Birth control and family planning are not new concepts. People have been trying to prevent pregnancy for centuries, but the widespread availability of effective, hormonal birth control is relatively recent. When the birth control pill was approved by the FDA in the United States in 1960, it opened doors for women across the nation, allowing them to plan their careers, relationships, and families in new ways. Since then, many more contraceptive options have become available.
At Indus Healthcare, with offices located in Pomona, West Covina, and Montclair, California, Dr. Amit Paliwal provides a range of women’s health services, including birth control options.
Types of contraceptives
There are quite a few different types of contraceptives for women, and each one has unique benefits and downsides. Within each type, there are different brands that might provide even more variety. While being spoiled for choice is rarely a bad thing, trying to decide which is right for you can be overwhelming.
Birth control pills
This is the most common type of birth control, though it’s declined in popularity in recent years. Birth control pills are 91% effective, and must be taken daily to provide protection against pregnancy.
Within this category are combination pills, which have both progestin and estrogen, and mini pills, which contain only progestin. You can discuss both options with your doctor to determine which is right for you.
Birth control pills are painless and easy to obtain, but you have to be responsible and take them every day. Even a single missed dose can lead to an accidental pregnancy. The pill is also less effective than injections or intrauterine devices, though you should be covered if you take it on a reliable schedule.
Intrauterine devices, or IUDs, are tiny implants inserted into the uterus. They’re one of the most effective contraceptives out there, and they come in two types: copper and hormonal. Again, you can discuss both options with your doctor to determine which is right for you.
Your IUD can last for years, and requires no real maintenance. As soon as the IUD is taken out, you can get pregnant. This makes it the preferred option for women who want a hands-off, easy birth control that won’t get in the way of their family planning later.
The primary downside of IUDs is the insertion process. Two-thirds of women report pain during insertion, though it’s usually short-lived. However, many consider this a small price to pay for the IUDs effectiveness.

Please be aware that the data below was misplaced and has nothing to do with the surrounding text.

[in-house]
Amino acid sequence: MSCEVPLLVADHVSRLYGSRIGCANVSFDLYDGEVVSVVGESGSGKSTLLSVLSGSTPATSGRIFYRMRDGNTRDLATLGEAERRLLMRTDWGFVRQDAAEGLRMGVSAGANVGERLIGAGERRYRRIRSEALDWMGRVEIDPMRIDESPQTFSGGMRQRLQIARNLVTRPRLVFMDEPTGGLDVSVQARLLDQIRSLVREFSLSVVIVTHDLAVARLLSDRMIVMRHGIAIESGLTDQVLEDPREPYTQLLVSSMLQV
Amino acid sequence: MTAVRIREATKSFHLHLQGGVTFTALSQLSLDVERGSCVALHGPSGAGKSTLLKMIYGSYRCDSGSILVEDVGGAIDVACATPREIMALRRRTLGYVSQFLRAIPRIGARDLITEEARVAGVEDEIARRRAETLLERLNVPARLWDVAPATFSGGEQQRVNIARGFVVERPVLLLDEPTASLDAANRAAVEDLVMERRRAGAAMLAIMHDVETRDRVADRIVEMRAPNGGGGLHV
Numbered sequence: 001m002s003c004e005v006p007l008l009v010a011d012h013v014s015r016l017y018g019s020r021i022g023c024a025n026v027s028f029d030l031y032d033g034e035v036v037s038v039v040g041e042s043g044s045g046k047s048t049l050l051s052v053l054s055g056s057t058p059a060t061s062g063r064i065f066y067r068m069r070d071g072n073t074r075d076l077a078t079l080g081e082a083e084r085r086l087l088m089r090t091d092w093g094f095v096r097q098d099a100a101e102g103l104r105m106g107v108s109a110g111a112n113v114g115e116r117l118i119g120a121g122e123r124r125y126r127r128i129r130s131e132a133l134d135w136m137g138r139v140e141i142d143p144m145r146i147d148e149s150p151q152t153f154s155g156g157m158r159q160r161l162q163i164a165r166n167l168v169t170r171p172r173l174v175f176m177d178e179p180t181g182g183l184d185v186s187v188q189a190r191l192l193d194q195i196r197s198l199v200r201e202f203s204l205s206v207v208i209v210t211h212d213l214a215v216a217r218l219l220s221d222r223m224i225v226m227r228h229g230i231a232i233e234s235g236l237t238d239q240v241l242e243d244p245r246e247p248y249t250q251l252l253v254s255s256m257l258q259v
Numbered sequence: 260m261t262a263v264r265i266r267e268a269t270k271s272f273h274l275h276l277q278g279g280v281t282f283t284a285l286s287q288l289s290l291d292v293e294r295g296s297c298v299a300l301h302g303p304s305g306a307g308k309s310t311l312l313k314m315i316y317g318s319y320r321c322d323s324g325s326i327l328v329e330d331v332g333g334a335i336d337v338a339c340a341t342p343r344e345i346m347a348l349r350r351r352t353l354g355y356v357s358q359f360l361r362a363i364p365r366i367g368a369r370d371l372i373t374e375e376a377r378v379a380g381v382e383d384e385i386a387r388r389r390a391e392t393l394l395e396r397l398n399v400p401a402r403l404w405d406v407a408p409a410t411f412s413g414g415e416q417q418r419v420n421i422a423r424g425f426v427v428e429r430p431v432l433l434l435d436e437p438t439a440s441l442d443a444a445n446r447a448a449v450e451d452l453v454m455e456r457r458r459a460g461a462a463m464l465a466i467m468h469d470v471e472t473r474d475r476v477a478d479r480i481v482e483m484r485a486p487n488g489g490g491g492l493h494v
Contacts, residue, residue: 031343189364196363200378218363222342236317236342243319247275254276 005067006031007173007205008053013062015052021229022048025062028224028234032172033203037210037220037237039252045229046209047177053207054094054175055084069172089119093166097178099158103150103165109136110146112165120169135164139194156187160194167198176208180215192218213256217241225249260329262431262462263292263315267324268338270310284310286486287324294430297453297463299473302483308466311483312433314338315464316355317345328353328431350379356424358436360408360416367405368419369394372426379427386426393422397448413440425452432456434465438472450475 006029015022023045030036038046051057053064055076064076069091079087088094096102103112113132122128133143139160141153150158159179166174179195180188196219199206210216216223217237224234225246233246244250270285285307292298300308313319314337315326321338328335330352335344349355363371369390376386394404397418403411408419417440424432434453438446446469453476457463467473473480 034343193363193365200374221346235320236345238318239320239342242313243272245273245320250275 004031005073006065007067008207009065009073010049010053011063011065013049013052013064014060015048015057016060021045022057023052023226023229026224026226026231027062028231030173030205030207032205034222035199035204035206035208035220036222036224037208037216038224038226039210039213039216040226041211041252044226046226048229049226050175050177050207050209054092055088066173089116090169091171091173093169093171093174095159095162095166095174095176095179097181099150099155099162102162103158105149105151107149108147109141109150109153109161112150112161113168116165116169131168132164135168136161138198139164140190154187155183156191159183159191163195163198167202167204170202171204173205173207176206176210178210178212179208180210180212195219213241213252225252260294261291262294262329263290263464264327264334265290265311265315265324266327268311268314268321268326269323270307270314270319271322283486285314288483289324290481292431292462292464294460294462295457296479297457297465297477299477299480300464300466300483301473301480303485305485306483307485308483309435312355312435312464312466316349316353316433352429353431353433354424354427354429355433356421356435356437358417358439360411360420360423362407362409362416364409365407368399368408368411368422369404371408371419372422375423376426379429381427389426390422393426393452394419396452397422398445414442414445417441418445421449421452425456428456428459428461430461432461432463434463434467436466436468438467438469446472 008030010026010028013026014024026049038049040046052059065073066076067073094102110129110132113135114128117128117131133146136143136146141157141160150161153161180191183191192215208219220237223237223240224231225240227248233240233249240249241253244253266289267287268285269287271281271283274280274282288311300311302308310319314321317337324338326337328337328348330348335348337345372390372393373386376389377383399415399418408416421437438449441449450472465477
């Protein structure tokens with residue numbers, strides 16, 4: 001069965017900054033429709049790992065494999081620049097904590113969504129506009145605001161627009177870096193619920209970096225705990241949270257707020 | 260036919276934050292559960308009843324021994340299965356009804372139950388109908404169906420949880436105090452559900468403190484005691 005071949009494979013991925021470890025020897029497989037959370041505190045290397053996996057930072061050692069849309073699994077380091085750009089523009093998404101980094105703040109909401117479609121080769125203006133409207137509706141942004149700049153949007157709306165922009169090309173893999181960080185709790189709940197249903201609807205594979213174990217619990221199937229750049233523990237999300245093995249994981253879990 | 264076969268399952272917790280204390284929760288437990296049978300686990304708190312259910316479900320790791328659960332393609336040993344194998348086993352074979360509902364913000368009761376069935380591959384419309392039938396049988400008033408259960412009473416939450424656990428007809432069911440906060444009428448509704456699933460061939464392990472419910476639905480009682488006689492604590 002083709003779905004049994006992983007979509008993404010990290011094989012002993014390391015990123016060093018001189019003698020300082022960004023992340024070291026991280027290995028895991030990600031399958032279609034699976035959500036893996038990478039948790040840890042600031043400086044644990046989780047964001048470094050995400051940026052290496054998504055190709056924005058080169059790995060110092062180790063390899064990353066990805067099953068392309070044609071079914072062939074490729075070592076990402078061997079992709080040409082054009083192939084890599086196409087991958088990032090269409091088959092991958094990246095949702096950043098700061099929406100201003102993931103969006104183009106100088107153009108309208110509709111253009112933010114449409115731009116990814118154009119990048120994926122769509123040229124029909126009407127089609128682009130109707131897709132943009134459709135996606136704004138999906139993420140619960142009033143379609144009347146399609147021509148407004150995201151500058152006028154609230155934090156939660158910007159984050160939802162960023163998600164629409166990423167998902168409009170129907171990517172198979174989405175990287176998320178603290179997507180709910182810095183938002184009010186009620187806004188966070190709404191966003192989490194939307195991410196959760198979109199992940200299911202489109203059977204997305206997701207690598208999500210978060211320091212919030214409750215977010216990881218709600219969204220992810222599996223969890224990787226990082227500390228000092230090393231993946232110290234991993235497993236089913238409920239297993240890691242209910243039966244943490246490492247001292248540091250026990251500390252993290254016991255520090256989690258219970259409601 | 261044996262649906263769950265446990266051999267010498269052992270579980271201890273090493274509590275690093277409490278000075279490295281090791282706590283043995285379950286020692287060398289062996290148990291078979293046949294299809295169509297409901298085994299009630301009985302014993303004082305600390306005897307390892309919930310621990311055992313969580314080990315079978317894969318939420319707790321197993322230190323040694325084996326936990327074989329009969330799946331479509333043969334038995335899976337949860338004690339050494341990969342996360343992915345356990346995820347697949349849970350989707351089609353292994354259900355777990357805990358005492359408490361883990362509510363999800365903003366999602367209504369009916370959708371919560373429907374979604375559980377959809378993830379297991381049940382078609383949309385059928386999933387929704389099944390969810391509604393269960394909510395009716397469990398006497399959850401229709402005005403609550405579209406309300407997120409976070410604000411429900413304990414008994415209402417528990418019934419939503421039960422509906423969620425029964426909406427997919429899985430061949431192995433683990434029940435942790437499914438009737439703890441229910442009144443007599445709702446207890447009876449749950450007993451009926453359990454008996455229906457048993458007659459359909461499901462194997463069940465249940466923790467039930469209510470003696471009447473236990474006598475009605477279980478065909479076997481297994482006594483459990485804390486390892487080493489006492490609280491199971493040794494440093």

Birth control injections
If you want to avoid the hassle of the pill, but don’t want to go through the process of getting an IUD, birth control injections might be the perfect middle ground for you. Similar to the pill, the Depo shot works using progestin, which prevents ovulation.
You’ll need to get your birth control shot every three months, but it’s highly effective (94%). As long as you mark your appointments on your calendar and keep up with your shots, you should be covered. If you don’t mind quarterly injections, this method might be preferable over the pill or intrauterine devices.
Choosing the right one for you
Birth control is a personal choice, and it can take some time to find the contraceptive you like best. Many women start off with the pill and switch to other options later. There are other methods to consider as well, such as the implant or the vaginal ring.
Combining any form of female birth control with condom use significantly improves protection against pregnancy, and can also add protection against STDs if the condoms are used correctly and consistently.
Before deciding on a method of birth control, ask yourself the following questions:
- What is your schedule? Can you reliably take your pill every day?
- How is your pain tolerance? Would a shot or IUD insertion be too much for you?
- Do you need hormonal birth control to manage acne, heavy periods, or other conditions?
- Have you looked at the side effects for each option?
- Do any health concerns prevent you from using certain contraceptives?
To learn more about the options listed here, get in touch with the team at Indus Healthcare. To schedule an appointment, call the location closest to you, or visit the contact page for more information.